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The markets took a sharp turn to the downside in afternoon trading as market participants were cautious to hold on to positions ahead of the weekend.
As of 2:40 p.m. ET, the Dow Jones Industrial Average dropped 159 points, or 1.4%, to 10,993, the S&P 500 dipped 19.5 points, or 1.7%, to 1,140 and the Nadsaq Composite fell 48 points, or 1.9%, to 2,432.
Economic data releases were mixed on Friday, however, the broadly negative trend for the economy still spooked traders. Indeed, in a sign of the fears, the Treasury yields have fallen sharply: the benchmark 10-year note is presently yielding 1.9% from 2.001%.
Personal income fell 0.1% in August, the first decline since October 2009, and weaker than the 0.1% gain economists anticipated. Consumer spending was up 0.1% for the month, which was in line with expectations.
Meanwhile, the final reading of the Reuters/University of Michigan showed consumer sentiment edged up in late September, but remained glum. Consumer sentiment came in at 59.4 in September, from a previous reading of 57.8, and higher than estimates of 57.8.
Consumption is a key component in economic expansion, and can have an impact on many sectors. In particular, retailers like Target (NYSE:TGT) can be affected by these data, especially with just months to go before the key holiday buying season this winter.
Manufacturing in the Chicago region expanded quicker than economists expected in September. The Institute for Supply Management's gauge rose to 60.4 from 56.5, easily topping expectations of 55.5. The Chicago report comes ahead of the more closely-tracked nationwide report, and generally correlates reasonably well with that report, according to economists at Nomura.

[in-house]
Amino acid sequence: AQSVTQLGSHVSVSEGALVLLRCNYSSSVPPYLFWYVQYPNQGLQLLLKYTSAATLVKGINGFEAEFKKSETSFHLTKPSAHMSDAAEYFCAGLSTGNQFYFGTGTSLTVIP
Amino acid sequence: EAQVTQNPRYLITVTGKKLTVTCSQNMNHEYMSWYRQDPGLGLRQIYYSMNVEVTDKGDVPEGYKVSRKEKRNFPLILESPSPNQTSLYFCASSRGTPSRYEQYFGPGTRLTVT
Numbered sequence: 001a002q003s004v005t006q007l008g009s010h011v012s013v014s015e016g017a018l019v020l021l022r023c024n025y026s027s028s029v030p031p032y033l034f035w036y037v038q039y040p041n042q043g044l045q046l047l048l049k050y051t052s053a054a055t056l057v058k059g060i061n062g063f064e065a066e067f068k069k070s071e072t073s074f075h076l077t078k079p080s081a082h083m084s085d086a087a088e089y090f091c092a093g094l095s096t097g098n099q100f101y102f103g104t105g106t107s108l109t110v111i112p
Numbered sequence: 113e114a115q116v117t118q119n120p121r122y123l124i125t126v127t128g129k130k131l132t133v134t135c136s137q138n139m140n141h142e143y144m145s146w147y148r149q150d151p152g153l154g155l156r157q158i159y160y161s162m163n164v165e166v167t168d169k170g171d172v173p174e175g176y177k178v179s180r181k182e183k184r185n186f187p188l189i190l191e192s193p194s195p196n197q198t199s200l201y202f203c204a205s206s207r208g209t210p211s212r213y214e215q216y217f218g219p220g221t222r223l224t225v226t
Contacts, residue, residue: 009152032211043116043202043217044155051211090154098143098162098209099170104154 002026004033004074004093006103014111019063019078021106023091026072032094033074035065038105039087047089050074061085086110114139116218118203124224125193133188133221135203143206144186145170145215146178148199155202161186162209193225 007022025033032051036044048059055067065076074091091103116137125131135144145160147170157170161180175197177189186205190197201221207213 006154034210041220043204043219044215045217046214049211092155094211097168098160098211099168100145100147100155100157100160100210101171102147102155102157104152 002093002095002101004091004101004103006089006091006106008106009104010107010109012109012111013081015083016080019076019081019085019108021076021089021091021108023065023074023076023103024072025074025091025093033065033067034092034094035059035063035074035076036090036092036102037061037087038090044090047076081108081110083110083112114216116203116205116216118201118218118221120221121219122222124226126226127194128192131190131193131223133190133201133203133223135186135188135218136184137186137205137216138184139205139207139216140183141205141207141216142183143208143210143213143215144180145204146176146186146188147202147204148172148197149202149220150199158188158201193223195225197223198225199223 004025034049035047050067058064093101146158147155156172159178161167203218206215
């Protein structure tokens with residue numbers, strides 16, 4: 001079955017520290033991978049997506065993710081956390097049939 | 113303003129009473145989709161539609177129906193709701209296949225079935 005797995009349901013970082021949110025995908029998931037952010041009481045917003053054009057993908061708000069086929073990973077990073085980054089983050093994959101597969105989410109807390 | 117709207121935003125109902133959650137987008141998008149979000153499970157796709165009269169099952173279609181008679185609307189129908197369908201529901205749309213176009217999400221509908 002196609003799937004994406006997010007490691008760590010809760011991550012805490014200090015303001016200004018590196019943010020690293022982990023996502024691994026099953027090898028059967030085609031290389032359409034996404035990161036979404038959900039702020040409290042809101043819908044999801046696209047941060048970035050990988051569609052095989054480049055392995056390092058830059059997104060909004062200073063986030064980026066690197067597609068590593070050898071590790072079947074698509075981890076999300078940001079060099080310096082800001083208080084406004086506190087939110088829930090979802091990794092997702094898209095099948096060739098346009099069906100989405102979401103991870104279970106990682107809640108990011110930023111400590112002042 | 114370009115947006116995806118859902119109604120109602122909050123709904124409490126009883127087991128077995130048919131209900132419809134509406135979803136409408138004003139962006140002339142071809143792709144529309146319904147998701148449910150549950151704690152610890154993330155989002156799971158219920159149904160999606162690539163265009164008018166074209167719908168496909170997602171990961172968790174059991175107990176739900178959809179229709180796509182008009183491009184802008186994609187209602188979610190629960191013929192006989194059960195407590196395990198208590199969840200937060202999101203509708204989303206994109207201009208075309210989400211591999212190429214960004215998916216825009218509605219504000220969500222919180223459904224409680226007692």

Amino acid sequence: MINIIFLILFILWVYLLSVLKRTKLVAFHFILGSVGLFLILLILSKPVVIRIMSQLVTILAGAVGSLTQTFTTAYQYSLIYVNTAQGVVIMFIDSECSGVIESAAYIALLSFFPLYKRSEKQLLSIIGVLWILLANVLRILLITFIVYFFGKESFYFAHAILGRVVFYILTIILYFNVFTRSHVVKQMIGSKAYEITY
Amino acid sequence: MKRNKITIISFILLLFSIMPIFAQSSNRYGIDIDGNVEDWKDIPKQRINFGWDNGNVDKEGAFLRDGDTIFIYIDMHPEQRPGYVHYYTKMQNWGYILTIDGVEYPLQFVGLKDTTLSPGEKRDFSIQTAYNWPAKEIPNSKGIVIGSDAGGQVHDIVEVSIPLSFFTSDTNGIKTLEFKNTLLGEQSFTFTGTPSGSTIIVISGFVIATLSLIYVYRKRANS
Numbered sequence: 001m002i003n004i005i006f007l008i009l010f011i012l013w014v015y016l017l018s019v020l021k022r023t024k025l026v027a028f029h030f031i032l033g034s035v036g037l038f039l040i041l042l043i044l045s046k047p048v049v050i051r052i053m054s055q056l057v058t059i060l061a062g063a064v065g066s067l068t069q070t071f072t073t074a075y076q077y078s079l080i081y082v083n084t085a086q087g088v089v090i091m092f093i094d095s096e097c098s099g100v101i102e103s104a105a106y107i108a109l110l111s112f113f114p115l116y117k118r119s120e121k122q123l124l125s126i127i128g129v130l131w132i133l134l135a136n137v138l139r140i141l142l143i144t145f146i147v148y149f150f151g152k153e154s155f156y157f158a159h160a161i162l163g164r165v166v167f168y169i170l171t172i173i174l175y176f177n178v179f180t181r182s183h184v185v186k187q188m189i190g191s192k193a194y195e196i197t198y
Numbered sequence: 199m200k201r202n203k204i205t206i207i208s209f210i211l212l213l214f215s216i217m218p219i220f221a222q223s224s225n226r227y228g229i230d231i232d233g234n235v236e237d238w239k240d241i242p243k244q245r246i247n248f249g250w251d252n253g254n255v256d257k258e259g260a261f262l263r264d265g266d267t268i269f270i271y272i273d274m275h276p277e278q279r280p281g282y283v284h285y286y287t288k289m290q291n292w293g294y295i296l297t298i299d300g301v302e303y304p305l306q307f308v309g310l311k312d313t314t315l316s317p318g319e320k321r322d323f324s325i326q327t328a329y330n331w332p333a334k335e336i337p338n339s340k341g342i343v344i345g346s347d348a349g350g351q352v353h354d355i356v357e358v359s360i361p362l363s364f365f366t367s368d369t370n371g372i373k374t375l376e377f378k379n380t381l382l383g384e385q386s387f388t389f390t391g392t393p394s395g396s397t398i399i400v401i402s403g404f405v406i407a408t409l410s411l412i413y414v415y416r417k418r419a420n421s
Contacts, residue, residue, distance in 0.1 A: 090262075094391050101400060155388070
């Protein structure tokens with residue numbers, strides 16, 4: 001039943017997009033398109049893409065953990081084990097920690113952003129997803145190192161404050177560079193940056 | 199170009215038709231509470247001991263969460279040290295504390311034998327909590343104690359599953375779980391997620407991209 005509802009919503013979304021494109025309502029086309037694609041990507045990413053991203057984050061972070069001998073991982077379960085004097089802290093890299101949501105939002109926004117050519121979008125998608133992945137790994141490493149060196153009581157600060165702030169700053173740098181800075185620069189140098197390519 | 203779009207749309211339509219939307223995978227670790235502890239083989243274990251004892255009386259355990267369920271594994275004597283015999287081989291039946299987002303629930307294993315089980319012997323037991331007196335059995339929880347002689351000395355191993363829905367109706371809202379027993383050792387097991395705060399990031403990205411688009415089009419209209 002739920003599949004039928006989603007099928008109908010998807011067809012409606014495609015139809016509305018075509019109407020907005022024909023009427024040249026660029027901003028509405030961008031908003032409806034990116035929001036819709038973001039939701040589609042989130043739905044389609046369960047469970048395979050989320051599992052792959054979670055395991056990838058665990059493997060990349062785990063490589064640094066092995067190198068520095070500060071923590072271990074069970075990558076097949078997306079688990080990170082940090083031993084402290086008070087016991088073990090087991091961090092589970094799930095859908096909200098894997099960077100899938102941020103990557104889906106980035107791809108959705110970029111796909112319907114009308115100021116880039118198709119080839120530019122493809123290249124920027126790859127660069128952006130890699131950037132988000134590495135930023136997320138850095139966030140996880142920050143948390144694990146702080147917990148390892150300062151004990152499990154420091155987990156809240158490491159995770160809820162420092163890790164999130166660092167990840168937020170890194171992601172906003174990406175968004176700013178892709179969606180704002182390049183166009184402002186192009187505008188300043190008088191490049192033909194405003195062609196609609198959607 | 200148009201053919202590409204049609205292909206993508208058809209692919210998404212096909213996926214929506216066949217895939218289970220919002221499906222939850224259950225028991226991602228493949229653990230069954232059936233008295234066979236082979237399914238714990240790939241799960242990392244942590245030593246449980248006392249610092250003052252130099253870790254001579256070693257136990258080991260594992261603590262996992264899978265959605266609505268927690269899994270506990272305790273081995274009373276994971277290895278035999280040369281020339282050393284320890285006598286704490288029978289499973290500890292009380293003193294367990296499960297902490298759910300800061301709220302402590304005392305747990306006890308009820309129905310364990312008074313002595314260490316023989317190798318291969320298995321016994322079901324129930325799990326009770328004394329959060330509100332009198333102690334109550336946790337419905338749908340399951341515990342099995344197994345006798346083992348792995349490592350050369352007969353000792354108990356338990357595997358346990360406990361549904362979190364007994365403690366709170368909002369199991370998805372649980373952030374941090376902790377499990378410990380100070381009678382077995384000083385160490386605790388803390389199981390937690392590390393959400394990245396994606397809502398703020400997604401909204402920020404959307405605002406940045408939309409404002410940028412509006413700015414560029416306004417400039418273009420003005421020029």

The manufacturing sector took a hard hit from several economic factors, including high energy prices, and lingering supply-chain impacts of the earthquake that slammed Japan in March.
The Chinese manufacturing sector contracted for a third-straight month in September, adding to worries that the world's second-largest economy may be slowing down.
Inflation in the euro zone picked up speed drastically in September, soaring 3% from 2010, a quicker pace than the 2.5% in August, and well above the European Central Bank's inflation target of 2%. Indeed, September marked the swiftest increase since October 2008.
"This development is likely to limit the ECB's willingness to provide more monetary stimulus, despite recent poor news on activity," economists at Barclays Capital wrote in a research note.
Also on the euro zone front, Austria's parliament approved giving the region's sovereign rescue fund additional powers to help aid with bailouts such of that of Greece. Germany's lower house approved the changes on Thursday, considered to be one of the most crucial votes of confidence, but all of the 17 currency members of the currency bloc must agree.
Negotiations were ongoing in Greece between international inspectors, called the "troika," regarding the next tranche of funding the country needs to avoid defaulting in October.
In currencies, the euro sunk 1% against the U.S. dollar, while the greenback rose 0.62% against a basket of world currencies.
Energy markets were mixed, shedding heavy losses. Light, sweet crude fell $1.00, or 1.2%, to $81.13 a barrel. Wholesale RBOB gasoline rose 3 cents, or 1.1%, to $2.59 a gallon.
Gold climbed $5.00, or 0.31%, to $1,622 a troy ounce. The precious metal is headed for its worst monthly fall since the financial crisis in 2008.
The Euro Stoxx 50 slid 1.5% to 2,180, the English FTSE 100 fell 1.3% to 5,197 and the German DAX tumbled 2.4% to 5,402.
In Asia, the Japanese Nikkei 225 slipped 0.01% to 8,700 and the Chinese Hang Seng dipped 2.3% to 17,592.